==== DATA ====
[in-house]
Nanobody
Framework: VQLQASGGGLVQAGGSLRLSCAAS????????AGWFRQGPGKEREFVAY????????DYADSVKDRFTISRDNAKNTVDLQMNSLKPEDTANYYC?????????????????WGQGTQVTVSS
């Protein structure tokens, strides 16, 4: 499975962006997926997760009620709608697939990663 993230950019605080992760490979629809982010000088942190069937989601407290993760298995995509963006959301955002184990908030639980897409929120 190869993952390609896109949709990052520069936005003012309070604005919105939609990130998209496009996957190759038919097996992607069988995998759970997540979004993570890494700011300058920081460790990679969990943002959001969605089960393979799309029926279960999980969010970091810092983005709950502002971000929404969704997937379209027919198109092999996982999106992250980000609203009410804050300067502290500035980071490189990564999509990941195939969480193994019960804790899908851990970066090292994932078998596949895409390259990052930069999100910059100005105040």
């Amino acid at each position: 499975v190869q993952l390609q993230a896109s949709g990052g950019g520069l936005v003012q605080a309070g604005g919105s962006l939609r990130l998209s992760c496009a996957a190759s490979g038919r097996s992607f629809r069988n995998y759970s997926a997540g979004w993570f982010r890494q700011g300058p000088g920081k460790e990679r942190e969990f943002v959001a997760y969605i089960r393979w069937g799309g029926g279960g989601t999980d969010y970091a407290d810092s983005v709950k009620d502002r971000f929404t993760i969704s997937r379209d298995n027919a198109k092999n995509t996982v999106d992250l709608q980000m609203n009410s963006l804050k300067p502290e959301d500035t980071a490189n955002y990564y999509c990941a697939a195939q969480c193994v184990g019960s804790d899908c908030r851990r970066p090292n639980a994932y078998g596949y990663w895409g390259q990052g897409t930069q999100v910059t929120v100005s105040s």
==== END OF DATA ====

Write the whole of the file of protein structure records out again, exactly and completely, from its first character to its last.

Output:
[in-house]
Nanobody
Framework: VQLQASGGGLVQAGGSLRLSCAAS????????AGWFRQGPGKEREFVAY????????DYADSVKDRFTISRDNAKNTVDLQMNSLKPEDTANYYC?????????????????WGQGTQVTVSS
């Protein structure tokens, strides 16, 4: 499975962006997926997760009620709608697939990663 993230950019605080992760490979629809982010000088942190069937989601407290993760298995995509963006959301955002184990908030639980897409929120 190869993952390609896109949709990052520069936005003012309070604005919105939609990130998209496009996957190759038919097996992607069988995998759970997540979004993570890494700011300058920081460790990679969990943002959001969605089960393979799309029926279960999980969010970091810092983005709950502002971000929404969704997937379209027919198109092999996982999106992250980000609203009410804050300067502290500035980071490189990564999509990941195939969480193994019960804790899908851990970066090292994932078998596949895409390259990052930069999100910059100005105040």
């Amino acid at each position: 499975v190869q993952l390609q993230a896109s949709g990052g950019g520069l936005v003012q605080a309070g604005g919105s962006l939609r990130l998209s992760c496009a996957a190759s490979g038919r097996s992607f629809r069988n995998y759970s997926a997540g979004w993570f982010r890494q700011g300058p000088g920081k460790e990679r942190e969990f943002v959001a997760y969605i089960r393979w069937g799309g029926g279960g989601t999980d969010y970091a407290d810092s983005v709950k009620d502002r971000f929404t993760i969704s997937r379209d298995n027919a198109k092999n995509t996982v999106d992250l709608q980000m609203n009410s963006l804050k300067p502290e959301d500035t980071a490189n955002y990564y999509c990941a697939a195939q969480c193994v184990g019960s804790d899908c908030r851990r970066p090292n639980a994932y078998g596949y990663w895409g390259q990052g897409t930069q999100v910059t929120v100005s105040s």